It was December 2009 and Tom McMillin, one of the most conservative members of the Michigan House of Representatives, was feeling uneasy about fellow luncheon guests at a restaurant in downtown Lansing.
“I looked around the room and asked myself, ‘What am I doing here?’” the Rochester Hills Republican recalled, scanning the crowd of Democratic legislators, liberal activists and others there to be briefed about fixing Michigan’s broken system for providing court-appointed lawyers to impoverished criminal defendants.
“Until that day, I don’t think I had ever been in a meeting with that many liberals or the ACLU,” McMillin said.
The luncheon marked a turning point in the political evolution of McMillin, whose vocal opposition to abortion and gay and lesbian rights has caused him to be reviled by many on the left.
Since then, McMillin, 48, not only led the charge to provide indigent criminal defendants with better lawyers, he has teamed with House and Senate Democrats, the ACLU and other unlikely allies on legislation to safeguard the legal and privacy rights of Michigan residents and make government more open and accountable to the public.
“If you had told me during my Christian Coalition years that I’d be working with the ACLU, I would have called you crazy,” McMillin said. “But when you’re working on something you feel strongly about, you can work with groups that you normally wouldn’t agree with.”
It’s a surprising turnabout for McMillin, a former Catholic altar boy who evolved into an evangelical Christian and Tea Party conservative with strong libertarian views. McMillin said his ACLU alliance shows what can be accomplished in a contentious political environment when traditional foes find common ground to resolve some issues, while agreeing to disagree on others.
“What I find refreshing about Tom is that, if you say you love the Constitution — as many in the Tea Party say they do — Tom expects you to respect, promote and uphold every part of the Constitution, not just the parts you agree with. He expects you to be all in.” — Rep. Kurt Heise, R-Plymouth
That sentiment is shared by ACLU lobbyist Shelli Weisberg.
“People tease me about my relationship with Tom McMillin, but working with him has made me look at every conservative legislator differently,” Weisberg said. “I’ve learned that I can work with them on some mutual issues and I think they’ve learned that they can work with the ACLU. It’s been a real growth experience.”
Finding his faith
His transformation to an evangelical Christian began as a high school sophomore in Bowling Green, Ky., where McMillin, a varsity golfer, began attending Fellowship of Christian Athletes gatherings in the school library.
After moving to Michigan, where he graduated from Rochester Adams High School in 1983, McMillin enrolled at the University of Michigan to study accounting.
The summer after receiving his degree, while waiting to start as auditor for the Arthur Andersen accounting firm, McMillin worked in the toy department of a Meijer store and volunteered for Joy of Jesus, a faith-based nonprofit that helps young Detroiters.
He spent the next three years struggling to become a CPA, saying he failed the state licensing test three times before he passed.
“I had a lot going on in my life and the exams were very difficult,” McMillin recalled, referring to his job and recent marriage to a friend of his sister’s he had met in Bible study.
The marriage didn’t last. To keep from becoming depressed about a divorce he didn’t want, McMillin, who had been considering getting into politics to end abortion and preserve what he said are traditional family values, decided to take the plunge.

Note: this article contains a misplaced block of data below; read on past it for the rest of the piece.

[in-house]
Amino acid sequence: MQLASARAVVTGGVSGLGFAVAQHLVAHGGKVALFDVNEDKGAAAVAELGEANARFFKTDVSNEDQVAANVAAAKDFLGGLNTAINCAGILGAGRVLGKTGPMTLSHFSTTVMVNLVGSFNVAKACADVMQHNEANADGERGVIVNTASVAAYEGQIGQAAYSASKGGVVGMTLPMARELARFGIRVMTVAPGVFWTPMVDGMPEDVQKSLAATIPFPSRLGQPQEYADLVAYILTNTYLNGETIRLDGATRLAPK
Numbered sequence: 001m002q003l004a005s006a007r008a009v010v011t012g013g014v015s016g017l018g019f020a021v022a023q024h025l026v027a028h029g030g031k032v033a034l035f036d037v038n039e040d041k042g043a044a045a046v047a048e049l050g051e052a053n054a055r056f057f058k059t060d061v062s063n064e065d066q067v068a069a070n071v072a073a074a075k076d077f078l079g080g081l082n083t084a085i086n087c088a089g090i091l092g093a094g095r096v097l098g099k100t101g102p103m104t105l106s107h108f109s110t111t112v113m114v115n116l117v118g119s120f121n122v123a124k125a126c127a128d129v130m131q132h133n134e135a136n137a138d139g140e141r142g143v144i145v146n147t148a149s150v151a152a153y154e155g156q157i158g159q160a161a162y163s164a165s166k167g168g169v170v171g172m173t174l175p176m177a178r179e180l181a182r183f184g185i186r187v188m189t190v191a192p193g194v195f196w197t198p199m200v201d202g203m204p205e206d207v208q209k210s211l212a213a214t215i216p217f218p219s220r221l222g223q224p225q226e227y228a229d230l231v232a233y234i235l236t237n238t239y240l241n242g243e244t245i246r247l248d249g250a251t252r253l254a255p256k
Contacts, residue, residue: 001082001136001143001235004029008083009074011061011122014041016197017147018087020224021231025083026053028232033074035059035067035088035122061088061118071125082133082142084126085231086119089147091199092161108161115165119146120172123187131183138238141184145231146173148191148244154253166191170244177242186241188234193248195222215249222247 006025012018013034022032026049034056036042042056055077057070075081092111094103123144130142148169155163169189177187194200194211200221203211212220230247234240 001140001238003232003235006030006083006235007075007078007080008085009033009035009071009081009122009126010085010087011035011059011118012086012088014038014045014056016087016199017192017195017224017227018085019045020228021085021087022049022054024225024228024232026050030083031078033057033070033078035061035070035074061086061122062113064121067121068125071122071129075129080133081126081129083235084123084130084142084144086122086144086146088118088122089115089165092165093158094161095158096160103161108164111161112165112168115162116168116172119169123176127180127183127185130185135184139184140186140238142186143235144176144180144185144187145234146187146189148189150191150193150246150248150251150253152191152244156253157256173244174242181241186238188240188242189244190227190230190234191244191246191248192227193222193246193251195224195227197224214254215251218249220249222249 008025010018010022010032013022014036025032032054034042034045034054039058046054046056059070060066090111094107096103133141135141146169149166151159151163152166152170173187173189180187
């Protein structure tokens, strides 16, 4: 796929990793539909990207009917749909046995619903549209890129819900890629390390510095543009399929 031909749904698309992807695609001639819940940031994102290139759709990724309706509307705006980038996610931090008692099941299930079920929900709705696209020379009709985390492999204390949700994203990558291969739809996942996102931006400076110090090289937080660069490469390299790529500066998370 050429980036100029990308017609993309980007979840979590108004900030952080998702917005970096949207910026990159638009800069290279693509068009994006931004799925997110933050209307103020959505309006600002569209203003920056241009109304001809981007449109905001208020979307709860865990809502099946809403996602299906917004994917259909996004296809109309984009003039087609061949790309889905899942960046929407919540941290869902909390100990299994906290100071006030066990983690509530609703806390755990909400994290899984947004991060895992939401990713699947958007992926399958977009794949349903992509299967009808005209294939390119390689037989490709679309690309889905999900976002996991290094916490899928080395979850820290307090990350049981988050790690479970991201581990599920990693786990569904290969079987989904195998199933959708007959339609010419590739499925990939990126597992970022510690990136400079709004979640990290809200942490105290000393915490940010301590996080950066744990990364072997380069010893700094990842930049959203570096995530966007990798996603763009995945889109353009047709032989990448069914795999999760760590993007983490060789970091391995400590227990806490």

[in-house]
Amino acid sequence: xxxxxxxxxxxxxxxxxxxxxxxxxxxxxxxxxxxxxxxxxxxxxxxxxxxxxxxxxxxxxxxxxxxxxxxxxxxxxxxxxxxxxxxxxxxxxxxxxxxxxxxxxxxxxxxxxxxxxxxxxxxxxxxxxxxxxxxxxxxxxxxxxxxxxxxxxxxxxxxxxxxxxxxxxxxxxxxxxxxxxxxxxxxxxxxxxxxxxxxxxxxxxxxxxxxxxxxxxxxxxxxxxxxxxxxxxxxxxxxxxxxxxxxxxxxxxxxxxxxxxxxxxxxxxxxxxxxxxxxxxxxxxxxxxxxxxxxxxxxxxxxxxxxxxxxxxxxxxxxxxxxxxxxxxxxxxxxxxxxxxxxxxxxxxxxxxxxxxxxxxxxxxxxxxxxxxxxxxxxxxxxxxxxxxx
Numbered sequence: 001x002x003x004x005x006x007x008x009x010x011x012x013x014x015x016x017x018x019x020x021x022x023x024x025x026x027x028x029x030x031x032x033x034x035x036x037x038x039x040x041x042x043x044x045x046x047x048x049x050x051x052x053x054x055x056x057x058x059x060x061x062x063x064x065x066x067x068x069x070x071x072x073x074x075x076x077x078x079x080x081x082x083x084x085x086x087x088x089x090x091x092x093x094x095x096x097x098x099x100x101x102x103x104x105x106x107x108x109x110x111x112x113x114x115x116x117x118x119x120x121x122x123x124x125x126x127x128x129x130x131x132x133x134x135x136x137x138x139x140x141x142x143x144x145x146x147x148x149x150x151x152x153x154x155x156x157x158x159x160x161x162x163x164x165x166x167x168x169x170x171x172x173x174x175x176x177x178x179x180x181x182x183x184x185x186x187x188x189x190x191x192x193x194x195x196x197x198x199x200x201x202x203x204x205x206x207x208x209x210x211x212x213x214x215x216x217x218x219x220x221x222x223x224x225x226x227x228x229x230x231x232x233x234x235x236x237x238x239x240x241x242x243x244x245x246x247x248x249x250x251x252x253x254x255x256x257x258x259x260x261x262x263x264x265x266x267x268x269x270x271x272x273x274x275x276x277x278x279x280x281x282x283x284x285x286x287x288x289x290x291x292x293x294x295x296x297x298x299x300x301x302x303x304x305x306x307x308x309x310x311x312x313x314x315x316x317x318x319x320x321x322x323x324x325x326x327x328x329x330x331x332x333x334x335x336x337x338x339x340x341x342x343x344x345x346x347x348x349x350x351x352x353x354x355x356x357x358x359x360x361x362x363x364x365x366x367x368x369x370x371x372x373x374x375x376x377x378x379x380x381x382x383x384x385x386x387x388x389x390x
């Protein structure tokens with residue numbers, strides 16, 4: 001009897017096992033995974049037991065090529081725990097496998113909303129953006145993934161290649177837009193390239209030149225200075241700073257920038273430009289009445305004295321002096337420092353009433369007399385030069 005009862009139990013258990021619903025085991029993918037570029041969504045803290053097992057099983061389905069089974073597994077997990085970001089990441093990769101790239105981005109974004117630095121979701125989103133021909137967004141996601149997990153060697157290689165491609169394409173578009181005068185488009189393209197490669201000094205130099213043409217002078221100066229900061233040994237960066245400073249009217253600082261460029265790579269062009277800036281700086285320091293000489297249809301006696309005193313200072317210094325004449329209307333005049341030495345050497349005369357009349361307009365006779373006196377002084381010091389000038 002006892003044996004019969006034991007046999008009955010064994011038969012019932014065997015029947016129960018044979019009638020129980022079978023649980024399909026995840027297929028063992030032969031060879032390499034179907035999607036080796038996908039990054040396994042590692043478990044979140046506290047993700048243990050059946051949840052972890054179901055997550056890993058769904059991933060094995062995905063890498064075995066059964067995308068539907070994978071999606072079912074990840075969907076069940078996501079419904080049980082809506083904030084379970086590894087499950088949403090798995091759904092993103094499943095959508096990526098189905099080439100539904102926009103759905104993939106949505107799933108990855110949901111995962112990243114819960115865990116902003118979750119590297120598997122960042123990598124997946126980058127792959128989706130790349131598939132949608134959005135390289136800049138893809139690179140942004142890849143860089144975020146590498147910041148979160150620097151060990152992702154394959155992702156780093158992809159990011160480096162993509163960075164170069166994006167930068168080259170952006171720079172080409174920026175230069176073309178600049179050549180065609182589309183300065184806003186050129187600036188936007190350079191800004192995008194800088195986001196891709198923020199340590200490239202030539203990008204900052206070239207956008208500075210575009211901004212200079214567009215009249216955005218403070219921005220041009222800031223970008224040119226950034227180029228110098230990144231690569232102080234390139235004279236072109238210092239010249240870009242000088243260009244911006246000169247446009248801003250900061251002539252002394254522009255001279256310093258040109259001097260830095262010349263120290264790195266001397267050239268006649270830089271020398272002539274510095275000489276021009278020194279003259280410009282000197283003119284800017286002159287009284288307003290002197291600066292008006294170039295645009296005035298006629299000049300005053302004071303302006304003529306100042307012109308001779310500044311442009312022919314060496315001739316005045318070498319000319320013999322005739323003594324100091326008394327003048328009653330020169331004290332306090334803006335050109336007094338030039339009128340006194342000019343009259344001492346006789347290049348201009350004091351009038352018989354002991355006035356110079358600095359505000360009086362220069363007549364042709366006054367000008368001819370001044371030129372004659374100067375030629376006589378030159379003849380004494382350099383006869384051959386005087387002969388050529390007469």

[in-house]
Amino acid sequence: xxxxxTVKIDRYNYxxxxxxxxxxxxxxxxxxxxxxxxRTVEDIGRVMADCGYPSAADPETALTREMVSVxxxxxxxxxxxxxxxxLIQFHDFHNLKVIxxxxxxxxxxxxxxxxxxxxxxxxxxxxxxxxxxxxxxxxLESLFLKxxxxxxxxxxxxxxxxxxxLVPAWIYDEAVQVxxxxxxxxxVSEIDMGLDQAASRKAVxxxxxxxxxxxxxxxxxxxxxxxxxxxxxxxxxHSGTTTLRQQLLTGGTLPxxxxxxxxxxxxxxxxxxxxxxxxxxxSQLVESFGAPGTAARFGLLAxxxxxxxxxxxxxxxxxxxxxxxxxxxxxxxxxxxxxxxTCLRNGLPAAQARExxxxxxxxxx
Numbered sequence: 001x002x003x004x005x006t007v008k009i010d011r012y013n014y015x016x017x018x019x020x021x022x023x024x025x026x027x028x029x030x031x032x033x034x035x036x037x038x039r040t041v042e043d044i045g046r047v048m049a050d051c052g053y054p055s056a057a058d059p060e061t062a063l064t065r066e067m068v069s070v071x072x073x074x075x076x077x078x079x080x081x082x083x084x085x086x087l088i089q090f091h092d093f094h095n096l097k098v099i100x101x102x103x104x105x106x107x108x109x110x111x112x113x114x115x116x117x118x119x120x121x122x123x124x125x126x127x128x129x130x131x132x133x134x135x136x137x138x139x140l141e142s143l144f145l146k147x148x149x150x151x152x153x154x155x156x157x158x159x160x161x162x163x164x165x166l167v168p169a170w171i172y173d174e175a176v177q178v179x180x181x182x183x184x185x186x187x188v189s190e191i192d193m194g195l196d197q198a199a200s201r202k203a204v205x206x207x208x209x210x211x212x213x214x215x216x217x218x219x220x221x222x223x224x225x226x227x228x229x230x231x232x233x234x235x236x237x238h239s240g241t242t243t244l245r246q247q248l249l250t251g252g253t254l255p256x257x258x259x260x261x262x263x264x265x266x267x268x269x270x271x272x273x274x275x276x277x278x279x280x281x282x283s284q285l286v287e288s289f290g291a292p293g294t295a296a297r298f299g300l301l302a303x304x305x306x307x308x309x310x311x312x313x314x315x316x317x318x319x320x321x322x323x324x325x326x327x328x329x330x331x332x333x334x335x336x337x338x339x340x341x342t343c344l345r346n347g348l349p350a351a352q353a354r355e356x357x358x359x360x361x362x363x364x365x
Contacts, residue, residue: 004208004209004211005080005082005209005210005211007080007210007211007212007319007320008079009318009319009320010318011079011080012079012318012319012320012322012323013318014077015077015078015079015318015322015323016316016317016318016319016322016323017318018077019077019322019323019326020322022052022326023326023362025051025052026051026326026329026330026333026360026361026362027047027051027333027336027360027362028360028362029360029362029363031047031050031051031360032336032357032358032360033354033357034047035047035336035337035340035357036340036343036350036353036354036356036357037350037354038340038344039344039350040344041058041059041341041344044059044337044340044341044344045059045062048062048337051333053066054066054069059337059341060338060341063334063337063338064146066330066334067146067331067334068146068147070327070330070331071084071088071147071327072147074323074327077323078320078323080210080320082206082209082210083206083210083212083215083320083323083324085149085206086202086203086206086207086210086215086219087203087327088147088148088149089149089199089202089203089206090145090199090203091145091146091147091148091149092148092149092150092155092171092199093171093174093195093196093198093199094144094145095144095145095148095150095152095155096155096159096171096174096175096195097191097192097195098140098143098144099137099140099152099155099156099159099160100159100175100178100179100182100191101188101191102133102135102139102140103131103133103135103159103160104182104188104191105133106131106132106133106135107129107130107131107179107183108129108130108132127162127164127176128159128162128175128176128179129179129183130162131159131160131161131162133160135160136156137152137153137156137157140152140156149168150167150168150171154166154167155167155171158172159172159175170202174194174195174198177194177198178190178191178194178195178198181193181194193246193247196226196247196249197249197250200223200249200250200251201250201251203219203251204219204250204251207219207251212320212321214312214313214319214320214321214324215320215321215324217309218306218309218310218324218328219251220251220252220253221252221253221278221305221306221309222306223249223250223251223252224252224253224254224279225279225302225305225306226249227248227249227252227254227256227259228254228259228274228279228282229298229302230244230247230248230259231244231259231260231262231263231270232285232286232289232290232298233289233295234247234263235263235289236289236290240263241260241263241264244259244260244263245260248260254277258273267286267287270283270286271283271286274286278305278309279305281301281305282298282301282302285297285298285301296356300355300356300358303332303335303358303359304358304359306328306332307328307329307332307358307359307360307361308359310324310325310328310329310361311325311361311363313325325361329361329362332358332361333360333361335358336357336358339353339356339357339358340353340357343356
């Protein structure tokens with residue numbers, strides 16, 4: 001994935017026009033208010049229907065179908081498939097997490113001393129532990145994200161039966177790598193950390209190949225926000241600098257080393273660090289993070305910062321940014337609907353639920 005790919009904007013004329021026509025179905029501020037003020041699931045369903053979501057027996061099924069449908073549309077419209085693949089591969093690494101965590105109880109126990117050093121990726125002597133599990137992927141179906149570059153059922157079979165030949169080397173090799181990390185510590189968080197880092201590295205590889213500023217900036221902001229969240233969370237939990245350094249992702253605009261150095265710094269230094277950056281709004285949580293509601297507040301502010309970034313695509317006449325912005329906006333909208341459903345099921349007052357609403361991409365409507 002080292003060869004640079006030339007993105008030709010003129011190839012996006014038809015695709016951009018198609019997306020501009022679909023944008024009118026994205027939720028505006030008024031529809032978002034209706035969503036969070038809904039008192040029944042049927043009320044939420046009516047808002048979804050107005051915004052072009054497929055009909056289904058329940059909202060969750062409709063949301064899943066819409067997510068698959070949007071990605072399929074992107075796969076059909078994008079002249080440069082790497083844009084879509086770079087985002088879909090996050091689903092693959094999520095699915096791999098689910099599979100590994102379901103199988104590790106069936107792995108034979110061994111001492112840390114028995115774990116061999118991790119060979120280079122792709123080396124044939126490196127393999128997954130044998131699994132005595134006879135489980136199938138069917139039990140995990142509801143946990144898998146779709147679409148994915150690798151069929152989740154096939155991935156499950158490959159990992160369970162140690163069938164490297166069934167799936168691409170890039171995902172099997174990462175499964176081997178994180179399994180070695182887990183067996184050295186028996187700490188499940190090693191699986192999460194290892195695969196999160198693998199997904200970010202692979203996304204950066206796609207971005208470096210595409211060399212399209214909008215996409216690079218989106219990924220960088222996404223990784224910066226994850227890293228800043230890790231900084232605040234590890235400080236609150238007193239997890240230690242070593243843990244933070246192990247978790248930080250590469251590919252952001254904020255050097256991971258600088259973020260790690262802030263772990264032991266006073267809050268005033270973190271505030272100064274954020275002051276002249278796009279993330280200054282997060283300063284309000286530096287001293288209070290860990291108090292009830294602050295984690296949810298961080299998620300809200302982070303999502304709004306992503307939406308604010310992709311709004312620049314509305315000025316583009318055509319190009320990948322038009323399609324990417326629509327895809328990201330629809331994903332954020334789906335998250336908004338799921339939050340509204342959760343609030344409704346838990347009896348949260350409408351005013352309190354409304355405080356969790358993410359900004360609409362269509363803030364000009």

It was like taking the CPA exam all over again.
After running unsuccessfully for Auburn Hills City Council in 1991 and the Oakland County Commission in 1992, he won a council seat in 1993. He served nine years, while also working as state field director for the Michigan Christian Coalition, recruiting other Christians to the political process.
“I like empowering people and showing them how easy it is to make a difference,” said McMillin, who is now a Baptist.
In 1998, McMillin tried unsuccessfully to unseat then-U.S. Rep. Dale Kildee, D-Flint, whose district included northern Oakland County. Four years later, he beat an incumbent Democrat to win a spot on the Oakland County Commission. He won by targeting Auburn Hills parents who were unhappy about having to send their children to Pontiac public schools, which he said they deemed unsafe and subpar.
By then, McMillin’s conservative views on social issues were well known. He protested outside abortion clinics, helped defeat a Royal Oak gay rights ordinance and pushed a county commission resolution defining marriage as a union between a man and a woman.
He also tangled with the county’s mainstream Republican office holders, including County Executive L. Brooks Patterson, accusing them of abandoning conservative values to attract more voters.
Patterson, also the county GOP chairman, pushed back.
Fed up with negative political ads and other tactics – including political mailers containing graphic drawings of late-term abortions – Patterson denounced McMillin and his cohorts as the “Taliban wing of the Republican Party.”
“The Democratic Party in Oakland might as well close their doors and save their money, because McMillin is single-handedly delivering the county for the Democrats," Patterson declared in 2003. At one point, Patterson tried to kiss McMillin at a public event to poke fun at his views about homosexuality.
Unrepentant, McMillin called Patterson “a lost soul in need of prayer.”
McMillin ran unsuccessfully against Oakland County Treasurer Patrick Dohany in 2004 and two years later lost a bid as the Michigan GOP’s nominee to the State Board of Education.
But he hit pay dirt in 2008, winning a vacant seat in the state House of Representatives, squeaking by a crowded primary field of Republicans and handily defeating a Democrat that November. He campaigned on a platform to create a part-time legislature, cut taxes and make government more transparent.
An ally in Lansing
After arriving in Lansing, McMillin met State Rep. Justin Amash, a newly-elected Grand Rapids-area Republican and Tea Party favorite with a strong libertarian streak. They quickly became friends and political allies.